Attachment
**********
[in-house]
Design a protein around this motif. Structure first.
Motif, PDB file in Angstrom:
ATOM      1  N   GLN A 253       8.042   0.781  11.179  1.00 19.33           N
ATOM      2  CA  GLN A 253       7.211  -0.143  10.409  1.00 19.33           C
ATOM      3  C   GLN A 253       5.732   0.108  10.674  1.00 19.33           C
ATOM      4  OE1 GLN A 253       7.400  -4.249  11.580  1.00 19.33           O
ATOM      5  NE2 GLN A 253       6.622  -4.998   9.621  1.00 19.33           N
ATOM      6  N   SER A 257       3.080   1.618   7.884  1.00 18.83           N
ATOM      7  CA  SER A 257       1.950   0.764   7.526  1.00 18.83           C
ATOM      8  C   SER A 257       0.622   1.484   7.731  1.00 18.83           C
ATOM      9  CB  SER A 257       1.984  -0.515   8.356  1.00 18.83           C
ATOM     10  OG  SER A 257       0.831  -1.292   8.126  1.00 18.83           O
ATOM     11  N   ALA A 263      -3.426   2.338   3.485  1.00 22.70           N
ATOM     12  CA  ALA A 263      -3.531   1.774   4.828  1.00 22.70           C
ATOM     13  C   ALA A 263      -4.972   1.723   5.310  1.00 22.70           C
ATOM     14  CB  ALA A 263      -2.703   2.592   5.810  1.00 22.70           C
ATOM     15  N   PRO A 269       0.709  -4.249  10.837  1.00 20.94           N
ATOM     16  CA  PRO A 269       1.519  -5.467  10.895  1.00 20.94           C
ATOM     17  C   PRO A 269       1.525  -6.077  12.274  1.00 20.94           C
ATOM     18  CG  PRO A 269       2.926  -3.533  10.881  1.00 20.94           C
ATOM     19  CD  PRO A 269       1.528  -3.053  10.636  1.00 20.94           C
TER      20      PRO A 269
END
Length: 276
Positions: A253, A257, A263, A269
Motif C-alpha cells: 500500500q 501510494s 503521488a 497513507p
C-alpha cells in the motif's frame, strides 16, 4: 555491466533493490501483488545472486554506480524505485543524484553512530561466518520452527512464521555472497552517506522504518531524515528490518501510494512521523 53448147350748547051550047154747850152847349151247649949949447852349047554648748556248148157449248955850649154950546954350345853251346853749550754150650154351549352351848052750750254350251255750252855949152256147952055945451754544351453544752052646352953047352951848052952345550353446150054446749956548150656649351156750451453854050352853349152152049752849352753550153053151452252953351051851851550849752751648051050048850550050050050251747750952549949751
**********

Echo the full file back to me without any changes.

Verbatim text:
[in-house]
Design a protein around this motif. Structure first.
Motif, PDB file in Angstrom:
ATOM      1  N   GLN A 253       8.042   0.781  11.179  1.00 19.33           N
ATOM      2  CA  GLN A 253       7.211  -0.143  10.409  1.00 19.33           C
ATOM      3  C   GLN A 253       5.732   0.108  10.674  1.00 19.33           C
ATOM      4  OE1 GLN A 253       7.400  -4.249  11.580  1.00 19.33           O
ATOM      5  NE2 GLN A 253       6.622  -4.998   9.621  1.00 19.33           N
ATOM      6  N   SER A 257       3.080   1.618   7.884  1.00 18.83           N
ATOM      7  CA  SER A 257       1.950   0.764   7.526  1.00 18.83           C
ATOM      8  C   SER A 257       0.622   1.484   7.731  1.00 18.83           C
ATOM      9  CB  SER A 257       1.984  -0.515   8.356  1.00 18.83           C
ATOM     10  OG  SER A 257       0.831  -1.292   8.126  1.00 18.83           O
ATOM     11  N   ALA A 263      -3.426   2.338   3.485  1.00 22.70           N
ATOM     12  CA  ALA A 263      -3.531   1.774   4.828  1.00 22.70           C
ATOM     13  C   ALA A 263      -4.972   1.723   5.310  1.00 22.70           C
ATOM     14  CB  ALA A 263      -2.703   2.592   5.810  1.00 22.70           C
ATOM     15  N   PRO A 269       0.709  -4.249  10.837  1.00 20.94           N
ATOM     16  CA  PRO A 269       1.519  -5.467  10.895  1.00 20.94           C
ATOM     17  C   PRO A 269       1.525  -6.077  12.274  1.00 20.94           C
ATOM     18  CG  PRO A 269       2.926  -3.533  10.881  1.00 20.94           C
ATOM     19  CD  PRO A 269       1.528  -3.053  10.636  1.00 20.94           C
TER      20      PRO A 269
END
Length: 276
Positions: A253, A257, A263, A269
Motif C-alpha cells: 500500500q 501510494s 503521488a 497513507p
C-alpha cells in the motif's frame, strides 16, 4: 555491466533493490501483488545472486554506480524505485543524484553512530561466518520452527512464521555472497552517506522504518531524515528490518501510494512521523 53448147350748547051550047154747850152847349151247649949949447852349047554648748556248148157449248955850649154950546954350345853251346853749550754150650154351549352351848052750750254350251255750252855949152256147952055945451754544351453544752052646352953047352951848052952345550353446150054446749956548150656649351156750451453854050352853349152152049752849352753550153053151452252953351051851851550849752751648051050048850550050050050251747750952549949751